MINNEAPOLIS -- Trevor Mbakwe would walk around campus and hear mumblings from those who passed him. He knew they were well aware of his identity and what he was accused of doing, even as he professed his innocence.
Mbakwe spent last year on Minnesota's campus, able to practice yet unable to play as the university awaited the conclusion of a Florida assault case that had hung over him like a dark cloud.
"There were whispers of, 'That's the guy with the charges,'" Mbakwe said. "People just wanted to hear the bad things. It was tough. They thought I was a thug, a woman beater. My family raised me better than that to say that's something I would do. Everyone who knew me knew that's not something I would do. It was tough reading the articles."
In August, Mbakwe received closure on the ordeal when he decided to enroll in a pretrial program and not go to trial on the charges. The program, which isn't an admission of guilt, lasts six months and calls for Mbakwe to serve 100 hours of community service and donate $100 to a Florida shelter for abuse victims.
"I never thought [the case] would last this long," Mbakwe said recently at Williams Arena court after practice. "I was allowed to practice with the team, but was at first shocked I couldn't play. But I understood the ruling since it was a charge against a woman. I'm glad it's over, and I'm ready to play ball again."
If the Golden Gophers are going to challenge for the Big Ten title, it could be thanks to Mbakwe's power play inside, giving Minnesota a toughness and edge and adding even more production to a frontcourt that was already deep with Ralph Sampson III, Colton Iverson and Mo Walker. Mbakwe scored 13 points, made 4 of 5 shots and grabbed three rebounds in 13 minutes in the Gophers' 109-59 exhibition win over Division II Northeastern State (Okla.) on Tuesday night at Williams Arena.
As for the assault charge, Mbakwe's attorney, Gregory Samms, was quoted by The Associated Press in August as explaining the rationale for the deal like this: "Basically the only reason that we took it is one more of convenience and also the fact that by doing this we get to the same end result as if we went to trial and won without the trauma and time constraints of that." Miami-Dade State Attorney's office spokeswoman Terry Chavez was quoted as saying, "The victim was in full agreement with the decision made in this case. The past year has been very difficult for her."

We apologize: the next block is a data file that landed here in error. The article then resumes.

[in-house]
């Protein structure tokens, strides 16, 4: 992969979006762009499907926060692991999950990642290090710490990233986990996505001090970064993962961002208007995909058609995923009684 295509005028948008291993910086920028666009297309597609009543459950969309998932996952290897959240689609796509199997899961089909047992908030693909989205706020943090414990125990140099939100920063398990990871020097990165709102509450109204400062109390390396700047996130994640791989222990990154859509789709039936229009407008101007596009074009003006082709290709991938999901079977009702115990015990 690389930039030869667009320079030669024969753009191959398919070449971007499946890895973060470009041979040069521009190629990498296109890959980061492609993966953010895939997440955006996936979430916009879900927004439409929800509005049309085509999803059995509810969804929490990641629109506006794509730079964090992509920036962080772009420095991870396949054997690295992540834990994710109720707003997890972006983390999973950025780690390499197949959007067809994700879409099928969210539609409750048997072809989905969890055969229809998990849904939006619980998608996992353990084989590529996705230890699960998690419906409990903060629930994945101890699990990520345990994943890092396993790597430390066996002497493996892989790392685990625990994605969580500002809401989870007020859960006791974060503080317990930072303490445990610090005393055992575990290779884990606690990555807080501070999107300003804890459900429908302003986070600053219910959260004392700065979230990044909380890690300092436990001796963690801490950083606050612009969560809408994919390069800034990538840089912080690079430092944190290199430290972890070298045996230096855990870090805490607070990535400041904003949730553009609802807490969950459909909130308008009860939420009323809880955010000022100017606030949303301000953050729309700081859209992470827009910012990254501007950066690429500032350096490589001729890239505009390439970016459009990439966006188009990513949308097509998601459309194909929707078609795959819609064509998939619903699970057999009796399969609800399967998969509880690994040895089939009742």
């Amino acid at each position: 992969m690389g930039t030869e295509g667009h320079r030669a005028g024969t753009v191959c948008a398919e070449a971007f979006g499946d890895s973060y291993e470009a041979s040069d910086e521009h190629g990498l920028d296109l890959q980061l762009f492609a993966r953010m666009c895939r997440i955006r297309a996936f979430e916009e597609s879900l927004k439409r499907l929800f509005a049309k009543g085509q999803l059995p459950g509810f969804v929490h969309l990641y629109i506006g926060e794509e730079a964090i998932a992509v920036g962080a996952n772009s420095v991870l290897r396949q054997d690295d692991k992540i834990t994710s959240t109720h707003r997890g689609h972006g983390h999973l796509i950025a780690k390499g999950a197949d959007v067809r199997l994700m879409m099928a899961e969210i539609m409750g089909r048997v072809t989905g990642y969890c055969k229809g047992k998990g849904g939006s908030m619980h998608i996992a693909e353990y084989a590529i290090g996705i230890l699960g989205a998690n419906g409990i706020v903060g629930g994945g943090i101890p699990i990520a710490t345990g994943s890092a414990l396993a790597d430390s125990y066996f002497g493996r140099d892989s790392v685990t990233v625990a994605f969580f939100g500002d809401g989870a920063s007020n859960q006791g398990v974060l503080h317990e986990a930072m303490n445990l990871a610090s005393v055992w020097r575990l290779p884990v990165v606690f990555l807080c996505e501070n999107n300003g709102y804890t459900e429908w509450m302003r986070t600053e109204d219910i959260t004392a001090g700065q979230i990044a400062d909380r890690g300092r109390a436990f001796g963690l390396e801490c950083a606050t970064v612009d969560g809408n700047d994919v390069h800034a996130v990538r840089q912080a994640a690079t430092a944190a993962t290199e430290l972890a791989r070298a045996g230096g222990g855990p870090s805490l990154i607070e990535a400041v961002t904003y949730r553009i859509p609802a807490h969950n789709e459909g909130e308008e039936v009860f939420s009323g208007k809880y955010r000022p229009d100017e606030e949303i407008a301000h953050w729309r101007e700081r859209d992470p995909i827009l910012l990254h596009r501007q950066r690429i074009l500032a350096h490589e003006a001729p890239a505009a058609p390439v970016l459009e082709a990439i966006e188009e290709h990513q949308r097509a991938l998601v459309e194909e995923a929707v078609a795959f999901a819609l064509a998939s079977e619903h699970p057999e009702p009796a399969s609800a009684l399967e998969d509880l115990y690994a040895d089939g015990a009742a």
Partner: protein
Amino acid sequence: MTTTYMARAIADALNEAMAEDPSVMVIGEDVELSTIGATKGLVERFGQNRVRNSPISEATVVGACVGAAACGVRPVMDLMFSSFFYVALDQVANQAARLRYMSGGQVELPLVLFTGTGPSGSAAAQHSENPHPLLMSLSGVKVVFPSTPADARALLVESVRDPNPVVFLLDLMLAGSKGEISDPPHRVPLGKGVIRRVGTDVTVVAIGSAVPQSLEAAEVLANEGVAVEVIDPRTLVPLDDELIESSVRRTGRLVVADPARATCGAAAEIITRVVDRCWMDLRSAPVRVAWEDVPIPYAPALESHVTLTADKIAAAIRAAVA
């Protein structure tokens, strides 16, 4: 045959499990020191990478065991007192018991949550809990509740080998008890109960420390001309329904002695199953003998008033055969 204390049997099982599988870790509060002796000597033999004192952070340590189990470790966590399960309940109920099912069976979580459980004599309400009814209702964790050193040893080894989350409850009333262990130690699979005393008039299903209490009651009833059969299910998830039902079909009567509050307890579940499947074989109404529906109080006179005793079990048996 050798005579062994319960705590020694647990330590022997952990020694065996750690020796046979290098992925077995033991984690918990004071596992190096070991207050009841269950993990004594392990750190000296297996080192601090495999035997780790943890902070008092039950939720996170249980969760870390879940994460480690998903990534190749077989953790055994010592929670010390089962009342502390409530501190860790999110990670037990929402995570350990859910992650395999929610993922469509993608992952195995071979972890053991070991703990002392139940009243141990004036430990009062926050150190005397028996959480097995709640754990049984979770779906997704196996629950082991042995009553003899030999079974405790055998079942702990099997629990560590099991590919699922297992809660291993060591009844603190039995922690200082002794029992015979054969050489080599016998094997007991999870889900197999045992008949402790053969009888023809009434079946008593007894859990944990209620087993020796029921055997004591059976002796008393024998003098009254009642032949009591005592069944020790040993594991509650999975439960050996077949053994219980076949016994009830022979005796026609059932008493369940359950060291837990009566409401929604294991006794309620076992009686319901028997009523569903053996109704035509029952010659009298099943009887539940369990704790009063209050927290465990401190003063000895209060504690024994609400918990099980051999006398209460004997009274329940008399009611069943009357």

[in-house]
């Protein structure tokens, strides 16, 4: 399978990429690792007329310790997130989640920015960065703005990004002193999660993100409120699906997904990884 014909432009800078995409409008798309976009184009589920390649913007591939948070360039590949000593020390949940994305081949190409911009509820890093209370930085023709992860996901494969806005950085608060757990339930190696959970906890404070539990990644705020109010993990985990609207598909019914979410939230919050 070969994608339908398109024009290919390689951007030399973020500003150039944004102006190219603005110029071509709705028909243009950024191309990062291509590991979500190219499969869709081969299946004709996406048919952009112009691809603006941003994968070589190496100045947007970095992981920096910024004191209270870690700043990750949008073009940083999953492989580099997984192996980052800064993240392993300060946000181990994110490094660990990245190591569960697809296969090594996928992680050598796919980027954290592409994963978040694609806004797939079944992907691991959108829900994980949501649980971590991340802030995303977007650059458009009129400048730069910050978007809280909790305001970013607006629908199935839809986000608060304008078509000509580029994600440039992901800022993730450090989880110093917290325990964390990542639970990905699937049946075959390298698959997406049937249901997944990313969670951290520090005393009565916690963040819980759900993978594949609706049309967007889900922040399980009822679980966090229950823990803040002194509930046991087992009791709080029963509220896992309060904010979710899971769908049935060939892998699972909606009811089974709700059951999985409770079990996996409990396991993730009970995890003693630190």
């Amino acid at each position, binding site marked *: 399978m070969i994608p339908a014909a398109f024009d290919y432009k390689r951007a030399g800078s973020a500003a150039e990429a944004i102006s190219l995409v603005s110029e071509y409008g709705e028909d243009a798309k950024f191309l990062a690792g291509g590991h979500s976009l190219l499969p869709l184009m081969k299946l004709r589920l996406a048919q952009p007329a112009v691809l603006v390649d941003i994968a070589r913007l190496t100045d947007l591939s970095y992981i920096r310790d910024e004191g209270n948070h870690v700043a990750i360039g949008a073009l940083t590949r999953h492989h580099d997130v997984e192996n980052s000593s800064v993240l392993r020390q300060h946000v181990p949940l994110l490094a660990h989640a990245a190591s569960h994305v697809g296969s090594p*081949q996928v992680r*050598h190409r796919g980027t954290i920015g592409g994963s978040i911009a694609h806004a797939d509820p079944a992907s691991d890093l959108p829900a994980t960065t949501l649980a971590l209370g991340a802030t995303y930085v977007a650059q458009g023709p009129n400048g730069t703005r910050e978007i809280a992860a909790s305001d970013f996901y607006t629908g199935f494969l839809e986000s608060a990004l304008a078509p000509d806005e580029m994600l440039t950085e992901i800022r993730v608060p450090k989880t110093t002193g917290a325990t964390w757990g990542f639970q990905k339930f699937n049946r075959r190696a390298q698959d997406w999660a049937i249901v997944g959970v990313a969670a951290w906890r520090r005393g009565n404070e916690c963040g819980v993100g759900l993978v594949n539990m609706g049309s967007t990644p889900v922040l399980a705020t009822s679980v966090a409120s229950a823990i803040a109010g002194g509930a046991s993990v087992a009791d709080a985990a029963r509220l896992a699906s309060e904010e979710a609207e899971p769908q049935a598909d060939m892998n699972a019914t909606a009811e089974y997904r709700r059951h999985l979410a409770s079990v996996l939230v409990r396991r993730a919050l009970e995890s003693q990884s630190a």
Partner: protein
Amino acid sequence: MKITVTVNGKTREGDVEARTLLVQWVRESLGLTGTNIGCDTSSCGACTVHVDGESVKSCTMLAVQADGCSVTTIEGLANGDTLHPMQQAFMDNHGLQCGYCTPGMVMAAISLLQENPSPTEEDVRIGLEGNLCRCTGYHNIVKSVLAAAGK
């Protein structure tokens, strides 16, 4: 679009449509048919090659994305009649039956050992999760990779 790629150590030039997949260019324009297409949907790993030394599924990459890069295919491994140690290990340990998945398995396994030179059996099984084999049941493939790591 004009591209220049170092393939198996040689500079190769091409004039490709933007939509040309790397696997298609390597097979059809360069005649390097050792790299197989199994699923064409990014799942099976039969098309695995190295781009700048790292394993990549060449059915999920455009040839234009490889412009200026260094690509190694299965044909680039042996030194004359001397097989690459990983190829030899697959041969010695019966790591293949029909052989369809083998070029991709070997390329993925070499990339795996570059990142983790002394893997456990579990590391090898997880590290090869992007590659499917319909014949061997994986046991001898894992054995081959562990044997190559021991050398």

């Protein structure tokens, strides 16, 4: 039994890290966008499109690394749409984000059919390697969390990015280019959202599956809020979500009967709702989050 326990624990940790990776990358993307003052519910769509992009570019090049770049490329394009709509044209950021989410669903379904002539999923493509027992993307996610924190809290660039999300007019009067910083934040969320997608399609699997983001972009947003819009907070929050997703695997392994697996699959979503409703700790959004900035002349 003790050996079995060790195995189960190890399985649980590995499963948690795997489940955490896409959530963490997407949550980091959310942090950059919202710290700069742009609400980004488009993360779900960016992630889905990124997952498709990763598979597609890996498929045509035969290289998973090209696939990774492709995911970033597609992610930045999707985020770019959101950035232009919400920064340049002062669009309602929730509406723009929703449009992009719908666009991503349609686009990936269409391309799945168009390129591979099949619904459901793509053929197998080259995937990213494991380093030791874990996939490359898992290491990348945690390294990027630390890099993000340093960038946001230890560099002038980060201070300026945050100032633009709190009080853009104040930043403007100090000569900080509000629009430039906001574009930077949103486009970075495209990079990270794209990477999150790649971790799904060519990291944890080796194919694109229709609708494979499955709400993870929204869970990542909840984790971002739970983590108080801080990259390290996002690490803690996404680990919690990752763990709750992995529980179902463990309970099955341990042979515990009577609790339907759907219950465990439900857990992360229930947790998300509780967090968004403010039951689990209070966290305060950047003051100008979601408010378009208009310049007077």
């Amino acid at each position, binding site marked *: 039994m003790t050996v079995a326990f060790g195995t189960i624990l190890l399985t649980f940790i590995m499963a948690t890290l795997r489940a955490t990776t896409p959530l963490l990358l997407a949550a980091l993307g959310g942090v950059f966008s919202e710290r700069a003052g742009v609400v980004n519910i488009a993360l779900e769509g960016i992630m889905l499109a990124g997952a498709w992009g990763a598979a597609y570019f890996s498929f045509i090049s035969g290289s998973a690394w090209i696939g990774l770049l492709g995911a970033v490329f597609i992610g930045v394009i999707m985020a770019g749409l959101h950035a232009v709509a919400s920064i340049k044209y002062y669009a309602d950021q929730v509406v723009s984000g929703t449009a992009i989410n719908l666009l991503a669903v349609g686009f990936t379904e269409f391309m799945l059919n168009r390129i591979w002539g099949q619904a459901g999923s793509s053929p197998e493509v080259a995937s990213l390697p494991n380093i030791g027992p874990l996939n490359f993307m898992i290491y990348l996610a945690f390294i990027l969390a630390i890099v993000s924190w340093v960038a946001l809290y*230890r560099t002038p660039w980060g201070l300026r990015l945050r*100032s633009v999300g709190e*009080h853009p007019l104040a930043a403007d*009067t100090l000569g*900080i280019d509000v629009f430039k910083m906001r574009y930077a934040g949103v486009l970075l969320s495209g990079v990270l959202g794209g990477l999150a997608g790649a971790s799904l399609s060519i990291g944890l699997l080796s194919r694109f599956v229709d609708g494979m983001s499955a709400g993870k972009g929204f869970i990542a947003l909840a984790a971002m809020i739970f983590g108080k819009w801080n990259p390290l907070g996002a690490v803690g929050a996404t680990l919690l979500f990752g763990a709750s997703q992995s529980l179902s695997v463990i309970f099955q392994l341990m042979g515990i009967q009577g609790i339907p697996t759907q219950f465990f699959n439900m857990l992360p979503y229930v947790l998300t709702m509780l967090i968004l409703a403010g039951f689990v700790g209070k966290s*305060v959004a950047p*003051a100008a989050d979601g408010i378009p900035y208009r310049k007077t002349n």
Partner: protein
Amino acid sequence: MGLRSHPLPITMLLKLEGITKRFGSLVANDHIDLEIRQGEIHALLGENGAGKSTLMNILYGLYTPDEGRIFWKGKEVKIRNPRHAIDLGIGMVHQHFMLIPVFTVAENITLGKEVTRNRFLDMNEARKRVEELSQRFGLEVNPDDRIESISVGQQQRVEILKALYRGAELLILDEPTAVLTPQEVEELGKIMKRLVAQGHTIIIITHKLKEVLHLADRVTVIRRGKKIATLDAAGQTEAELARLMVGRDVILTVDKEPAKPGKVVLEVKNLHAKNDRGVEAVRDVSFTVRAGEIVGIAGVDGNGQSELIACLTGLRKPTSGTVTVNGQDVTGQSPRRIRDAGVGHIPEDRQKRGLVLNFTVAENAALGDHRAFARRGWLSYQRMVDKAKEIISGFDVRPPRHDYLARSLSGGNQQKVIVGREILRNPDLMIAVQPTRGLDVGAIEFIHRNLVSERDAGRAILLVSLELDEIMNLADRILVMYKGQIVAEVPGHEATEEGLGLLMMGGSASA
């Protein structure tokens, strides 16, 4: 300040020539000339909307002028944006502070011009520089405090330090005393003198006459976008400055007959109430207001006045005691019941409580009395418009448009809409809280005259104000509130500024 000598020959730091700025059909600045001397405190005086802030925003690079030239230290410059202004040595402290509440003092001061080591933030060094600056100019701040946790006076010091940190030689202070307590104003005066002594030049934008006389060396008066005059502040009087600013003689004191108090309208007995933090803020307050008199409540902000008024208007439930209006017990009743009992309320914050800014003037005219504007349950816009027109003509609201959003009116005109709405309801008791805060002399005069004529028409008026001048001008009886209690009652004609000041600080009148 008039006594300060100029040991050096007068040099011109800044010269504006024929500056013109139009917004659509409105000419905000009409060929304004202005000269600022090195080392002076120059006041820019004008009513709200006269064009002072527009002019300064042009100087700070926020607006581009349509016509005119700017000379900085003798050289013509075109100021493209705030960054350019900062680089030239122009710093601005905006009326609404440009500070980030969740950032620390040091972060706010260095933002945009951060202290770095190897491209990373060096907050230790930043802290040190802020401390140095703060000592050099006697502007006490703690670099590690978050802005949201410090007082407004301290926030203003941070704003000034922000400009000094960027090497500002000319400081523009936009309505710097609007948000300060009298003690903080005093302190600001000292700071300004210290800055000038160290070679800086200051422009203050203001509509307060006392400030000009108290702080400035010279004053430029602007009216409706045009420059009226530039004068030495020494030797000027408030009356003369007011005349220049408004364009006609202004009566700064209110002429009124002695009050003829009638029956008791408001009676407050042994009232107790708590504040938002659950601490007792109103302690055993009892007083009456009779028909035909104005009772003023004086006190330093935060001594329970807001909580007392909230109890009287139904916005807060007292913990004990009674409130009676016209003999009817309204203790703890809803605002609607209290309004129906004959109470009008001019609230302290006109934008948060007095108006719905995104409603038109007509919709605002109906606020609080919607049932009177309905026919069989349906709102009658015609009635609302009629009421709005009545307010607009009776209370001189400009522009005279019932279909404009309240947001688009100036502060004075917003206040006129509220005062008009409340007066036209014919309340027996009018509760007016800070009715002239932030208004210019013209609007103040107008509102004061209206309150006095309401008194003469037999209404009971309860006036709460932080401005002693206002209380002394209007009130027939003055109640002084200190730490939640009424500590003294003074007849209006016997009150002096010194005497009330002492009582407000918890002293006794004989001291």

Mbakwe was enrolled at Miami Dade College when the April 2009 incident occurred. He had spent an injury-plagued season at Marquette that lasted just 11 games before arriving at the college, which is primarily a junior college. He was at a birthday party for a friend who had just turned 21. Mbakwe said he left the party after it ended.
"I woke up the next morning and heard five different stories, that a girl got raped, a girl got jumped, a girl got beat up, and I heard by the afternoon that they were looking for three suspects," Mbakwe said. "And then I heard I was one of them. I brushed it off because I didn't do anything."
Two weeks later, Mbakwe was called into the basketball office at Miami Dade and told a warrant had been issued for his arrest.
"My heart just dropped," Mbakwe said. "It was a whole new world after that. My emotions were all over the place. I said, 'This can't happen.' I watch a lot of 'Law & Order,' and the first thing I thought about were these people that spend 30 years in jail over crimes they didn't commit. The whole thing was surreal."
Soon afterward, Mbakwe called Minnesota coach Tubby Smith.
"I was at the Final Four [in Detroit], and I got the call," Smith said. "I told him he needs to get a lawyer. He was worried about his safety. I told him you need to look out for yourself."
Mbakwe said he went back home to St. Paul, Minn., then had to return to Miami to turn himself in. He was released, then made another appearance in Miami to meet with his attorney.
"There was a lot of stuff we found out that the story went back and forth and that there was no evidence on me," Mbakwe said. "Unfortunately, we had three separate judges, two different prosecutors. Anything that could happen to me did happen to me to force a delay."
When Mbakwe arrived at Minnesota, he wasn't allowed to play until his legal issues were resolved.